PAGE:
April 2020 eNews

Student Receives Grant to Study Removal of Lead from Water Supplies

By Marcus Gay, NM WRRI Student Program Coordinator

In New Mexico, heavy metals such as lead are being released into waterways and groundwater from over 15,000 abandoned mines. Excess lead in groundwater can be harmful to humans, making heavy metals water contamination a serious environmental issue in New Mexico. Therefore, it is important to explore effective techniques to remove lead from groundwater. This is the focus of Jiuling Yu’s research.

Jiuling Yu is a PhD candidate at New Mexico State University’s (NMSU) Chemical & Materials Engineering Department. This year, Yu received an NM WRRI Student Water Research Grant entitled, Wastewater-Treatment Algae-Derived Hydrochar for Heavy Metal Adsorption and Recycling. The objectives of the project are to (1) investigate the effects of pretreatments (oil extraction and CO2 activation) on the adsorption capacity of lead, (2) explore the adsorption capacity on lead Pb(Ⅱ) for waste hydrochar derived from hydrothermal liquefaction (HTL)-algae, and (3) evaluate the feasibility of recycling lead-adsorbed hydrochar as anode materials in lithium-ion batteries.

Adsorption is an attractive strategy for removal of Pb(Ⅱ) due to its low-cost and simple operation condition. Recently, carbon derived from abundant and renewable biomass has been considered as a high-efficiency adsorbent to remove Pb(Ⅱ) in the treatment process. Algae is an ideal renewable resource due to its high-rate growth, strong CO2-mitigation potential, good adaptability in variable climatic conditions, and vast possibility of large-scale artificial cultivation. However, it remains challenging to dispose of Pb-adsorbed hydrochar in a sustainable way. One potential solution is for Pb-adsorbed hydrochar to be further developed as the anode material in lithium-ion batteries.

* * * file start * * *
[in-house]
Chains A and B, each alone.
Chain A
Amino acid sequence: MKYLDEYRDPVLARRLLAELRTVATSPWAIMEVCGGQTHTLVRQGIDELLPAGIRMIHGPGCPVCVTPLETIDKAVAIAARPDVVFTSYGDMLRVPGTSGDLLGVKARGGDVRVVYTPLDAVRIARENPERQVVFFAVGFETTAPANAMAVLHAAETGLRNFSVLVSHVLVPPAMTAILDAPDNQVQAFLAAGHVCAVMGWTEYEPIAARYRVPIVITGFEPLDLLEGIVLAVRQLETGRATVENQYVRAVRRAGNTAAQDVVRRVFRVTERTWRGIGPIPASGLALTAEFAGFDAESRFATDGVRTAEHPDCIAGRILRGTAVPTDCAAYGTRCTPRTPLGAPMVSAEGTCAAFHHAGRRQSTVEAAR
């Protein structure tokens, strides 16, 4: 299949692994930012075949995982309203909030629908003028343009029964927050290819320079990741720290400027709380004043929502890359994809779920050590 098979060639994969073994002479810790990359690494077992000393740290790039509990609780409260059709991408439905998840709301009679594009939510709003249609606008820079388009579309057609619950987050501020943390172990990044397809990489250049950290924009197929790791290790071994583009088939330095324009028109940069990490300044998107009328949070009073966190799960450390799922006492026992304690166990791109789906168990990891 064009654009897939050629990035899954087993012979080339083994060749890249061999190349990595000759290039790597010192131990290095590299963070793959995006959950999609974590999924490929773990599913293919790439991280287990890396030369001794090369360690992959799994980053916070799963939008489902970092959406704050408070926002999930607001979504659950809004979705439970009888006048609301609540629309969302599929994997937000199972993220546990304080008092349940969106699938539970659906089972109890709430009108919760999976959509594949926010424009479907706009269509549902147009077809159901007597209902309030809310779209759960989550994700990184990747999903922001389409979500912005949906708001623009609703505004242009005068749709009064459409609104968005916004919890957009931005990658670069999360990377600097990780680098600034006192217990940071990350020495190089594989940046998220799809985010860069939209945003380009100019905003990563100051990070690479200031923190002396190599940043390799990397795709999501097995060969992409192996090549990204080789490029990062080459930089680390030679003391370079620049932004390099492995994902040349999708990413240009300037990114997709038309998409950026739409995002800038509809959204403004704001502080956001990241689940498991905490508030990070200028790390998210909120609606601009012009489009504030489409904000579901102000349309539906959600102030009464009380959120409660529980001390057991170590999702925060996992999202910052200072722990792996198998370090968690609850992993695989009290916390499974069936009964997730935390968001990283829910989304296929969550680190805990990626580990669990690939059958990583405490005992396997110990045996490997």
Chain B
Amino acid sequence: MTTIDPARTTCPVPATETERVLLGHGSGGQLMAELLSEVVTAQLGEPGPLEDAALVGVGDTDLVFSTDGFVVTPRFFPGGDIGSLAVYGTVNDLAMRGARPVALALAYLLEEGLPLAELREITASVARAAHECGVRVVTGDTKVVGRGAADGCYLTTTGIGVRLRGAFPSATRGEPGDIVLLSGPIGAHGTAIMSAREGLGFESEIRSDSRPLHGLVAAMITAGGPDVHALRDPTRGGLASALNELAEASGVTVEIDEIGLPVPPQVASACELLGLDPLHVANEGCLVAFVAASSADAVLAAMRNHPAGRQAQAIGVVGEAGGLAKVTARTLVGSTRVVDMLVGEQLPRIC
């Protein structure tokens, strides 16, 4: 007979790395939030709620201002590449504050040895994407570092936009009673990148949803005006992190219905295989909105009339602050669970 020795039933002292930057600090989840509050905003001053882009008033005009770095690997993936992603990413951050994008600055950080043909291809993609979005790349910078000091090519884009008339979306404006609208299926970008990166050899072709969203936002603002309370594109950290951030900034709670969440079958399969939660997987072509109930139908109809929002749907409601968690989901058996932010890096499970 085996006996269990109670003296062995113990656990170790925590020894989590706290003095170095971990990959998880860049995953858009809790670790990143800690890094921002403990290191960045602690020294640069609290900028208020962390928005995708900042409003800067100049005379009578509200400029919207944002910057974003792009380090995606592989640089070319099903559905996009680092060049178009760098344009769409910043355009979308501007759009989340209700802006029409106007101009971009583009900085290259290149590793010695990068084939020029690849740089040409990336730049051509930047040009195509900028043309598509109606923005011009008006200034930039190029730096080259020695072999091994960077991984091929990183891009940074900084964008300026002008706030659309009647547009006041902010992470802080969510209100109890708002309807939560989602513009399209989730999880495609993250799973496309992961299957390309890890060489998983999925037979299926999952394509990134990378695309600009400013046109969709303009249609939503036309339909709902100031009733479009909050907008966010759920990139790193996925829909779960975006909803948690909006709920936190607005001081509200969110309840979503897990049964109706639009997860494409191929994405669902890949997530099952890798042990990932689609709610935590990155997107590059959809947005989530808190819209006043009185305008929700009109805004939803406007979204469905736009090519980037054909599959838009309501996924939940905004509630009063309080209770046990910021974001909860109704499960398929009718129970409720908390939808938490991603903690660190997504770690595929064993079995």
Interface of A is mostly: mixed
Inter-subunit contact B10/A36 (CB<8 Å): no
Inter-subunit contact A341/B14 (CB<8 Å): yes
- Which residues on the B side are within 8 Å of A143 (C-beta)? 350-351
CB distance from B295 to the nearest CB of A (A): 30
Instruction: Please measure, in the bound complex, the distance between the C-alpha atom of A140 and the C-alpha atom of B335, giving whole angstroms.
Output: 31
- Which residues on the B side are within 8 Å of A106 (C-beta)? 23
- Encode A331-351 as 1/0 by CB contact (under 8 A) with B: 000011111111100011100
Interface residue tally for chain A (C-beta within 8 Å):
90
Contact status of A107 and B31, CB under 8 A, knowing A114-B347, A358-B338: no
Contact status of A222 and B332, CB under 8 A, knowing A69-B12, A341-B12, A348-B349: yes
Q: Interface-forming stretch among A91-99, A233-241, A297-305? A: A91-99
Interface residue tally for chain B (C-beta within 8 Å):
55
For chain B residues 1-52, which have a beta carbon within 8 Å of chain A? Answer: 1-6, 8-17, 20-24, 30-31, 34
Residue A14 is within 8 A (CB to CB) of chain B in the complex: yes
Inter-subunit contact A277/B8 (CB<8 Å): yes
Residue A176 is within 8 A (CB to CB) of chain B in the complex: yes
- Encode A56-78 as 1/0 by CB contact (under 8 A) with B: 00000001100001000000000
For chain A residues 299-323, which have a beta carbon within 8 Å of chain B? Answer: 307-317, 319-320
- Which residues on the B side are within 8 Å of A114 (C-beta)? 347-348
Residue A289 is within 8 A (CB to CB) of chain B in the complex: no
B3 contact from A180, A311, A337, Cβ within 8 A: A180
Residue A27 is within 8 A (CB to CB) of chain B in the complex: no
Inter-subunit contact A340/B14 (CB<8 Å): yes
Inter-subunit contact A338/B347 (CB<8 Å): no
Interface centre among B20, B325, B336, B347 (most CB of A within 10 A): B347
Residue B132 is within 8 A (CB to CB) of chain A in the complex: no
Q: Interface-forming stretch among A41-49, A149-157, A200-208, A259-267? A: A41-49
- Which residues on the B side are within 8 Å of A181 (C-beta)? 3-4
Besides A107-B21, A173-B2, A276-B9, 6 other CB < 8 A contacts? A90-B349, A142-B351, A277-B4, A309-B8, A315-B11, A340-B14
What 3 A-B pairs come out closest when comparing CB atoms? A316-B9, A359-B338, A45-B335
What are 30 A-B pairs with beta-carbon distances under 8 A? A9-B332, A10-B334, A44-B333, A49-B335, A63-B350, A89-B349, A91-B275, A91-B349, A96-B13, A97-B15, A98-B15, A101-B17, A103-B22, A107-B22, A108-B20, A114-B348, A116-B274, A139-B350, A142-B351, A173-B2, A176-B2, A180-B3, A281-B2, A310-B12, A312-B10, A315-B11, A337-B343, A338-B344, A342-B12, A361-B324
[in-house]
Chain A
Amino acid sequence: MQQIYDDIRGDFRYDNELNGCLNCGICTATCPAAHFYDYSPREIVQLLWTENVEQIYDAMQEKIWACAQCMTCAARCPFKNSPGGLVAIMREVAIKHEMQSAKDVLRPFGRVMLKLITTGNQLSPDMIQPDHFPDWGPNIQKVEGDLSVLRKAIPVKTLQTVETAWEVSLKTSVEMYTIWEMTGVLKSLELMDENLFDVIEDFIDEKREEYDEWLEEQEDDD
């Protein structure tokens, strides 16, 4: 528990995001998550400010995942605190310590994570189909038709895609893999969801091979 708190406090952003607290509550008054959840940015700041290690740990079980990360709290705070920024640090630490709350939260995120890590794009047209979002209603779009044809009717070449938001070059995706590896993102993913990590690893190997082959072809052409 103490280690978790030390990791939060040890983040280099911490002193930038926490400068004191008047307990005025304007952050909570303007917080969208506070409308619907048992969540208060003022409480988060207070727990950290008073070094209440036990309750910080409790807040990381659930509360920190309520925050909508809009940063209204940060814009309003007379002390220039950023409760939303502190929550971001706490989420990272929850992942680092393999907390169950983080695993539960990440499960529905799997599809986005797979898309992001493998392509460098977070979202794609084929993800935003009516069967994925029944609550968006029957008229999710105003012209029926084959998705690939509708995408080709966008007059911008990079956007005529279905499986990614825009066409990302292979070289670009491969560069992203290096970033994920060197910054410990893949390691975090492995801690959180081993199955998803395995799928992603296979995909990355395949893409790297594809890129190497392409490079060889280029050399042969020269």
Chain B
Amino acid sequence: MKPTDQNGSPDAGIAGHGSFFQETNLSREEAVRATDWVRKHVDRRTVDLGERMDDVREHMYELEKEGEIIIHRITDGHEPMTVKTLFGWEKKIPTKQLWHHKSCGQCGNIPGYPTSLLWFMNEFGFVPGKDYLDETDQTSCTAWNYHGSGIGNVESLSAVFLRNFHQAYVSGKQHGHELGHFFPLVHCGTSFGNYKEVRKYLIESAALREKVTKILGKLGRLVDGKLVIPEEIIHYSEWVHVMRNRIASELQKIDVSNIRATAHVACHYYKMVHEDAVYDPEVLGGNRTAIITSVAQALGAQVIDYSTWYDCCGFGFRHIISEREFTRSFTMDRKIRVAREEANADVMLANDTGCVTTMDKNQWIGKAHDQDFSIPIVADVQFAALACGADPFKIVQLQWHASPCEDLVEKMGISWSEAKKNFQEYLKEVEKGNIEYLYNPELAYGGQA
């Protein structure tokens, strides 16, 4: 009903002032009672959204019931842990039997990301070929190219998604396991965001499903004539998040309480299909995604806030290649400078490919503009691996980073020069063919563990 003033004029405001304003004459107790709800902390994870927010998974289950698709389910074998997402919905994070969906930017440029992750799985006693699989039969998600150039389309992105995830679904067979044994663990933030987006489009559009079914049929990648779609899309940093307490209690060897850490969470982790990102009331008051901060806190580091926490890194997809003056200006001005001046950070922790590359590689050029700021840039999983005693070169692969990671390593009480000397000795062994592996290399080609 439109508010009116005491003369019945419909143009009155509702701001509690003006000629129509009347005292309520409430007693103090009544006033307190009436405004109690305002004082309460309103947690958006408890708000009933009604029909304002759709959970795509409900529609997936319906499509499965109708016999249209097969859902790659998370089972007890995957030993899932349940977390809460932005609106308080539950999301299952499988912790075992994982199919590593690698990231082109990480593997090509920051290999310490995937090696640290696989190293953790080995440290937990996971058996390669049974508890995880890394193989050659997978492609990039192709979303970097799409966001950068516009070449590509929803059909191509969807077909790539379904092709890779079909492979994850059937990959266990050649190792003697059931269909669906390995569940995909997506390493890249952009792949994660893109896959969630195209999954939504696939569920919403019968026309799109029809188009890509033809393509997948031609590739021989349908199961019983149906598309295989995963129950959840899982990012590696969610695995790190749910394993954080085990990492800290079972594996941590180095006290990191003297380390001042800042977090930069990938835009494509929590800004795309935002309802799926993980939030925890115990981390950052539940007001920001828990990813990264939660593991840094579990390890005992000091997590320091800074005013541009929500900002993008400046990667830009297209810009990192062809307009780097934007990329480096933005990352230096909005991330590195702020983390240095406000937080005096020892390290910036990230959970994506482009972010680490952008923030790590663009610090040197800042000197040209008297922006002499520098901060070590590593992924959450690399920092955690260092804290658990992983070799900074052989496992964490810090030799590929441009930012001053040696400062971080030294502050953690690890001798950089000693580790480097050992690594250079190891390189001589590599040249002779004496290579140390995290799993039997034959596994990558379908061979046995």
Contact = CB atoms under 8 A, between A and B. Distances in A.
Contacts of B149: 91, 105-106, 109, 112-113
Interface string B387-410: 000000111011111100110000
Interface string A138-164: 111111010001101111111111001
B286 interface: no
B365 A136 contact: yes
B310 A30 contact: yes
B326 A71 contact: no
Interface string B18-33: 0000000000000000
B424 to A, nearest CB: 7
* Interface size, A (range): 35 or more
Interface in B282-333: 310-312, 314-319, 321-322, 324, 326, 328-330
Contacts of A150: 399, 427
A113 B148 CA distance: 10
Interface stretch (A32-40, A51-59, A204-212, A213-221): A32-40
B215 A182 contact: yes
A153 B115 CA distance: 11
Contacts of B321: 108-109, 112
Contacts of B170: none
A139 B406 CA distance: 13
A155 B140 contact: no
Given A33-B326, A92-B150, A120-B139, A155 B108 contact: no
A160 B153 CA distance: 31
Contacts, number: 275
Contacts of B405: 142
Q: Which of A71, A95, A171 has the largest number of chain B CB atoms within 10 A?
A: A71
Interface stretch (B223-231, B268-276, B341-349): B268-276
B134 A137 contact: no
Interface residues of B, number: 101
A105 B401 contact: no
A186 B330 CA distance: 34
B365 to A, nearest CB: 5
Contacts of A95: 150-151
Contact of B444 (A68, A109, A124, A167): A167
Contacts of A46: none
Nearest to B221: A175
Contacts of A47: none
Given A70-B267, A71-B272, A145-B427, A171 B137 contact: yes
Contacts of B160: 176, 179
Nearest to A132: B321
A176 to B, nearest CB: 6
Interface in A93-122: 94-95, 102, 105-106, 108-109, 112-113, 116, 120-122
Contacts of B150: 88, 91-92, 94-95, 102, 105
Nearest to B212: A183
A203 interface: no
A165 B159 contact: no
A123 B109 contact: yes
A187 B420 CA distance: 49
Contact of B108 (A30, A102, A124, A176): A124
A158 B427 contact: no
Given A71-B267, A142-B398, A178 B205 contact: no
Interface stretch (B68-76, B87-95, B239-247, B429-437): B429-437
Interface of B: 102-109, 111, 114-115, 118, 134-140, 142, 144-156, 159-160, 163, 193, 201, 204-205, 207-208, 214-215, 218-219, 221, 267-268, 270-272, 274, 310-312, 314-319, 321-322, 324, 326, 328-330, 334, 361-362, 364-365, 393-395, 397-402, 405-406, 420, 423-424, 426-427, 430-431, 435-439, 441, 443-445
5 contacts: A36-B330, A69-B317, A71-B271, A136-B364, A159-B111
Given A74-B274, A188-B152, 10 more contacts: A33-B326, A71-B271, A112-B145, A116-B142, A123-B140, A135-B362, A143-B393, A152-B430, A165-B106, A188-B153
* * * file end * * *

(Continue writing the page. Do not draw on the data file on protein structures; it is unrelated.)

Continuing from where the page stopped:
Hydrochar was provided by Dr. Catherine Brewer’s group at NMSU. Two types of pretreatments (oil-extracted process and CO2 activation) were performed before adsorption experiments. To evaluate the adsorption capacity of Pb(Ⅱ ), a 1000 mg/L Pb(Ⅱ ) solution was first prepared by dissolving a measured amount of Pb(NO3)2 in de-ionized water as the stock lead solution. The targeted solutions were prepared by diluting stock solution with a calculated ratio of de-ionized water. Then the adsorption capacity was calculated using an equation. The electrochemical experiments out using CR2025 coin cells with as-obtained working electrode, separator, and lithium chip in an argon-filled glove-box. The electrochemical performance experiments will continue to be evaluated.

Primarily, Yu and her team’s work may prove beneficial for wastewater utilities due to the potential application of wastewater-treatment algae. Secondly, regarding the effective adsorption capacity, this work provides preliminary data to other researchers who are studying biomass-based adsorbents which will help decrease lead concentration in groundwater. Lastly, companies involved in work with lithium ion batteries could benefit from the results of this project by recycling Pb-based hydrochar as anode materials.

Yu, under the guidance of her Faculty Advisor Dr. Hongmei Luo, a Professor of Chemical Engineering and the Associate Dean of Research in the College of Engineering, presented her research at the NM WRRI 64th Annual New Mexico Water Conference in Pojoaque, New Mexico. Yu received a bachelor’s degree from Beijing University of Chemical Technology in her home country of China, and received a master’s degree from University College Dublin in Ireland. Yu plans to graduate in 2020, and after graduation, plans to continue her research as a postdoctoral researcher.